As scandals continue to plague Hillary Clinton’s presidential campaign, the Democrat Party’s only other top-tier candidate – avowed socialist Bernie Sanders – is actually beating her for the first time, according to one poll.

While Clinton still comfortably leads Sanders nationally, many in the party are looking toward other potential candidates, such as Joe Biden, to take on Clinton in the primary.

According to Reuters, another Democrat with experience at the bottom of a presidential ticket might be pegged to take the lead in 2016. One unidentified Democrat insider told Buzzfeed that Al Gore is on the minds of several operatives after his close race against George W. Bush in 2000.

“They’re figuring out if there’s a path financially and politically,” the source said. “It feels more real than it has in the past months.”

As for Gore’s interest, however, BuzzFeed noted its sources were careful not to exaggerate. The 67-year-old former vice president has made no apparent moves indicating his intention to throw his hat in the ring.

Nevertheless, the mere mention of Gore as a possible presidential candidate sparked social media discussion on both sides of the issue.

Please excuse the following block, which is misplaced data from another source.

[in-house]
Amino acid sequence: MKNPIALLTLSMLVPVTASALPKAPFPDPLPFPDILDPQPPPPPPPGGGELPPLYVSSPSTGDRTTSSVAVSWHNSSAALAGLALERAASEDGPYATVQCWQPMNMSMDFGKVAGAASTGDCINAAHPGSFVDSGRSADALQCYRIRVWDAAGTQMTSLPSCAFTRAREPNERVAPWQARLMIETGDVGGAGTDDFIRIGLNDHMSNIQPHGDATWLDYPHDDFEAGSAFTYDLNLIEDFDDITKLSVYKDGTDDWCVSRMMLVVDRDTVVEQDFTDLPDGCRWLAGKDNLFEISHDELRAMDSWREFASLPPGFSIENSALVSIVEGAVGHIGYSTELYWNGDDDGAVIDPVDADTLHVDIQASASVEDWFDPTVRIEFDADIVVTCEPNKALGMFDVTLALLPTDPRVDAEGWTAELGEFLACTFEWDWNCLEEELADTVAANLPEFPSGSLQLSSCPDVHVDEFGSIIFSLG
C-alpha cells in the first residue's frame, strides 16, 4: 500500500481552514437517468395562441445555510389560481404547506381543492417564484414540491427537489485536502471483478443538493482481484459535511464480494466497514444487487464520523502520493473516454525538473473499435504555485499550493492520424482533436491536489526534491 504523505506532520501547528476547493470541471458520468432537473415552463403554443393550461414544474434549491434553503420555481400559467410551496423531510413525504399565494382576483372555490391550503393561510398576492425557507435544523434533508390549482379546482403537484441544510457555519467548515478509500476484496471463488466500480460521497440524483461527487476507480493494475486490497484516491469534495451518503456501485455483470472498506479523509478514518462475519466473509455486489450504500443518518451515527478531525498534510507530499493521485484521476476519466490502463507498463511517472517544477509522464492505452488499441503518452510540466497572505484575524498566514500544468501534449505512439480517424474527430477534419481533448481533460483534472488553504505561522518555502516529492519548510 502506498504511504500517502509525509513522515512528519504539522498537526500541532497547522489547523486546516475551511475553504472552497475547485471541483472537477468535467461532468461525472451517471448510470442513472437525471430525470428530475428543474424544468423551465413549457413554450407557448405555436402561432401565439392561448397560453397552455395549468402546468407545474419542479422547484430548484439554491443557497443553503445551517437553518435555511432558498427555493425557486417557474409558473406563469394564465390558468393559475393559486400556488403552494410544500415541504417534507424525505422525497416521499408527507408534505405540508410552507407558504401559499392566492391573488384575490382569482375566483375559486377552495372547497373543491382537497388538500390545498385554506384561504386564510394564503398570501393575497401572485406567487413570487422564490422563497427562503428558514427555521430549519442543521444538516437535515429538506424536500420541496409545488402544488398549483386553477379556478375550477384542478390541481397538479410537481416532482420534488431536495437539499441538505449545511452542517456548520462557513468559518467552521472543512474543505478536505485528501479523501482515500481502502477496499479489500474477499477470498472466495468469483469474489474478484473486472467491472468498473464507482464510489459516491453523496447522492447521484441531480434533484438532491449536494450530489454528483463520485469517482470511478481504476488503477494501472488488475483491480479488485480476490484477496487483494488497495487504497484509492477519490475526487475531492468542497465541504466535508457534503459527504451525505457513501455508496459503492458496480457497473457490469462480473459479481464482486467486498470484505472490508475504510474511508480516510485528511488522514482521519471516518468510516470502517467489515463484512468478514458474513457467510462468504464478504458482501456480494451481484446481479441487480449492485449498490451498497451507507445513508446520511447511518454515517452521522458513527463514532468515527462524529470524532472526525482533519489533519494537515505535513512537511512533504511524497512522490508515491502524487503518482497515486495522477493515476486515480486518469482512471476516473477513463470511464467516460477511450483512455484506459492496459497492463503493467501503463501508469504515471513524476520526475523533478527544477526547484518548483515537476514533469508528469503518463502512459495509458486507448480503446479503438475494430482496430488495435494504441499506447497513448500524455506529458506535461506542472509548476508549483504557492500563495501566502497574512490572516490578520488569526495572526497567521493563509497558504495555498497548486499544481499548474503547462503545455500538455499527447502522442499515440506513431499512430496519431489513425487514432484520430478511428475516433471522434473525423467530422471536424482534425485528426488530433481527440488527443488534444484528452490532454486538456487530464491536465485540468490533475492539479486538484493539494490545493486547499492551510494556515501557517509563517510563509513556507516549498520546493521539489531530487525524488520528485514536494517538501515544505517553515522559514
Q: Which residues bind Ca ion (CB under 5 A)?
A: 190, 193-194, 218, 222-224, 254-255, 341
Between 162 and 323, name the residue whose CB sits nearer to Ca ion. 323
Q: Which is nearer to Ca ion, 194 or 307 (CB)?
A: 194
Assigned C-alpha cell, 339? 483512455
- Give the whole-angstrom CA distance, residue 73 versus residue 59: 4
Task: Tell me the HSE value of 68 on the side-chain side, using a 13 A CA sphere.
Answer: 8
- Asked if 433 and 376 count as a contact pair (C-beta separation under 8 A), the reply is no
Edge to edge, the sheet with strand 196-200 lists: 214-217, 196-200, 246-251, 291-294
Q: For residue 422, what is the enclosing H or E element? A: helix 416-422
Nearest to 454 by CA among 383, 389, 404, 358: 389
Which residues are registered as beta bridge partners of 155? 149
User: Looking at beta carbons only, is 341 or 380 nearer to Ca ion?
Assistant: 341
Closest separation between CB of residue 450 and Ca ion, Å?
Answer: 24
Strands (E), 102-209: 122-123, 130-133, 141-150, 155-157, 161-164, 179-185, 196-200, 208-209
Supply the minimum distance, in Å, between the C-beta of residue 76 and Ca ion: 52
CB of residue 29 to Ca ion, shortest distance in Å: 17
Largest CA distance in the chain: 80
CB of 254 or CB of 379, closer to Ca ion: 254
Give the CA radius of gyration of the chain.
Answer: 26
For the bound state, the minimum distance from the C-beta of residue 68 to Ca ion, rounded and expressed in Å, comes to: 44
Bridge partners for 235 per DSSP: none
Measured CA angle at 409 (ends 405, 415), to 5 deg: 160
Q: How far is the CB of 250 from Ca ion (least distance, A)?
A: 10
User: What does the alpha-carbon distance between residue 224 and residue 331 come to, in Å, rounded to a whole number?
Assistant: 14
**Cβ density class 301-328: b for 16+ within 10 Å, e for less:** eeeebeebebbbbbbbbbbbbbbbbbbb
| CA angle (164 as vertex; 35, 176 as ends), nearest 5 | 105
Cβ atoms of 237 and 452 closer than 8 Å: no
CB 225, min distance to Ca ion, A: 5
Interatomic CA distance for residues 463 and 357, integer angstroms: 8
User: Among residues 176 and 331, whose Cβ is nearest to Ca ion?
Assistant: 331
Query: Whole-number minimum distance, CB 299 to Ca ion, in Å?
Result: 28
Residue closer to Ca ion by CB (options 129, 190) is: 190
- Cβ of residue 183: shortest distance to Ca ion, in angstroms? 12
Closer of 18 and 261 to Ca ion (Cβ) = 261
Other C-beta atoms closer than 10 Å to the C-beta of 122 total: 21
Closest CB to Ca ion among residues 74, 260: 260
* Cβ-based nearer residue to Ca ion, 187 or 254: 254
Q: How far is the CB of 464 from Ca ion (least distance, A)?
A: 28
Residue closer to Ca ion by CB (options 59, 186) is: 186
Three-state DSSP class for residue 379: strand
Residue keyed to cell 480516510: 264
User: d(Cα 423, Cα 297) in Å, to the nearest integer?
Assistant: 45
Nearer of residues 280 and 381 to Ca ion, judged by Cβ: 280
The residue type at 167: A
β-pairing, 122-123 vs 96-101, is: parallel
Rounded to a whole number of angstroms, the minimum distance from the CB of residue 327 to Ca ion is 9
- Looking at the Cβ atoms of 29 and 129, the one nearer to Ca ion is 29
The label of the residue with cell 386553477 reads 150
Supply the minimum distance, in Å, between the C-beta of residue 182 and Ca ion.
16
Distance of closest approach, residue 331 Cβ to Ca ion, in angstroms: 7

h/t: Business Insider

Should Al Gore run for president again? Share your thoughts in the comments section below.

This post originally appeared on Western Journalism – Equipping You With The Truth

Ouch! Former Top UN Climate Scientist Just Dropped A Devastating Truth Bomb On Al Gore

It hasn’t been a very good few weeks for progressives intent on forcing Americans to believe in the imminent threat of climate change, thus making massive action to combat “global warming” a centerpiece of their political action agenda.

Take a look at the movies. Despite liberal fantasies that Disney’s big-budget flick Tomorrowland — with its preachy-teachy theme that mankind is greedily warming the planet to a self-destructive temperature — would be a hit, the flick has proven to be a miss. That, no doubt, is a huge disappointment for The Daily Beast author Kevin Fallon, who welcomed the message of the $190 million film that he hailed as “George Clooney’s Global Warming Shaming.”